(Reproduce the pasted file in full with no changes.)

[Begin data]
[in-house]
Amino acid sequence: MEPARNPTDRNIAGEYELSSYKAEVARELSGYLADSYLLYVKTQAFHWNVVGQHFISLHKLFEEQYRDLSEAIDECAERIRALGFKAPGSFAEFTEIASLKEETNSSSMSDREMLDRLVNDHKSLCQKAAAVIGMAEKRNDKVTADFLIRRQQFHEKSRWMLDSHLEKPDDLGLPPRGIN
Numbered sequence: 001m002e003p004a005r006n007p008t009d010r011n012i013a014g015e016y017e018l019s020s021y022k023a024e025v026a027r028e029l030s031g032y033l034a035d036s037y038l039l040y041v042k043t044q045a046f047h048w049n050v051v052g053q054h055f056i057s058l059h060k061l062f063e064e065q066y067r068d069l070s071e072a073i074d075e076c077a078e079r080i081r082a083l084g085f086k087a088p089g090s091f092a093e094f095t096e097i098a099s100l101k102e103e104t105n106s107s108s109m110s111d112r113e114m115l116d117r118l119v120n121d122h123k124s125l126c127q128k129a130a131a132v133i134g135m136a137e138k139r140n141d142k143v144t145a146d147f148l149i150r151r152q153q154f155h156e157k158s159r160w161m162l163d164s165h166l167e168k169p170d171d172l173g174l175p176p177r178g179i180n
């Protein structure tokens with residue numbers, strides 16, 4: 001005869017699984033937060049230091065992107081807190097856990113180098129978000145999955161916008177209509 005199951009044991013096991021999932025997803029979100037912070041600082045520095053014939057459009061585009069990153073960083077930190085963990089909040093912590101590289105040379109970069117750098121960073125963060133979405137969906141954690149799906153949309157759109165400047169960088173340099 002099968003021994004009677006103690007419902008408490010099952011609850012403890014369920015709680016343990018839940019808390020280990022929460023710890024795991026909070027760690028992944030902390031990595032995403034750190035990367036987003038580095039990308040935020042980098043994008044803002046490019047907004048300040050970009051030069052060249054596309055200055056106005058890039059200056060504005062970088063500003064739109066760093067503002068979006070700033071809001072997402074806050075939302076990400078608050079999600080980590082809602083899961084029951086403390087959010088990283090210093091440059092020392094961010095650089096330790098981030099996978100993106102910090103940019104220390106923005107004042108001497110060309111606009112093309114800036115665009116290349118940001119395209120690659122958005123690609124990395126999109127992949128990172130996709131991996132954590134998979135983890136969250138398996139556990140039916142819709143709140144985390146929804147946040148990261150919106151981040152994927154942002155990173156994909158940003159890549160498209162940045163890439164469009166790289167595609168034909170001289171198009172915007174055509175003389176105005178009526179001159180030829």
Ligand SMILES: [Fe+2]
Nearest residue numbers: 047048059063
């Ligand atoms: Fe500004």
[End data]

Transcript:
[in-house]
Amino acid sequence: MEPARNPTDRNIAGEYELSSYKAEVARELSGYLADSYLLYVKTQAFHWNVVGQHFISLHKLFEEQYRDLSEAIDECAERIRALGFKAPGSFAEFTEIASLKEETNSSSMSDREMLDRLVNDHKSLCQKAAAVIGMAEKRNDKVTADFLIRRQQFHEKSRWMLDSHLEKPDDLGLPPRGIN
Numbered sequence: 001m002e003p004a005r006n007p008t009d010r011n012i013a014g015e016y017e018l019s020s021y022k023a024e025v026a027r028e029l030s031g032y033l034a035d036s037y038l039l040y041v042k043t044q045a046f047h048w049n050v051v052g053q054h055f056i057s058l059h060k061l062f063e064e065q066y067r068d069l070s071e072a073i074d075e076c077a078e079r080i081r082a083l084g085f086k087a088p089g090s091f092a093e094f095t096e097i098a099s100l101k102e103e104t105n106s107s108s109m110s111d112r113e114m115l116d117r118l119v120n121d122h123k124s125l126c127q128k129a130a131a132v133i134g135m136a137e138k139r140n141d142k143v144t145a146d147f148l149i150r151r152q153q154f155h156e157k158s159r160w161m162l163d164s165h166l167e168k169p170d171d172l173g174l175p176p177r178g179i180n
């Protein structure tokens with residue numbers, strides 16, 4: 001005869017699984033937060049230091065992107081807190097856990113180098129978000145999955161916008177209509 005199951009044991013096991021999932025997803029979100037912070041600082045520095053014939057459009061585009069990153073960083077930190085963990089909040093912590101590289105040379109970069117750098121960073125963060133979405137969906141954690149799906153949309157759109165400047169960088173340099 002099968003021994004009677006103690007419902008408490010099952011609850012403890014369920015709680016343990018839940019808390020280990022929460023710890024795991026909070027760690028992944030902390031990595032995403034750190035990367036987003038580095039990308040935020042980098043994008044803002046490019047907004048300040050970009051030069052060249054596309055200055056106005058890039059200056060504005062970088063500003064739109066760093067503002068979006070700033071809001072997402074806050075939302076990400078608050079999600080980590082809602083899961084029951086403390087959010088990283090210093091440059092020392094961010095650089096330790098981030099996978100993106102910090103940019104220390106923005107004042108001497110060309111606009112093309114800036115665009116290349118940001119395209120690659122958005123690609124990395126999109127992949128990172130996709131991996132954590134998979135983890136969250138398996139556990140039916142819709143709140144985390146929804147946040148990261150919106151981040152994927154942002155990173156994909158940003159890549160498209162940045163890439164469009166790289167595609168034909170001289171198009172915007174055509175003389176105005178009526179001159180030829």
Ligand SMILES: [Fe+2]
Nearest residue numbers: 047048059063
């Ligand atoms: Fe500004």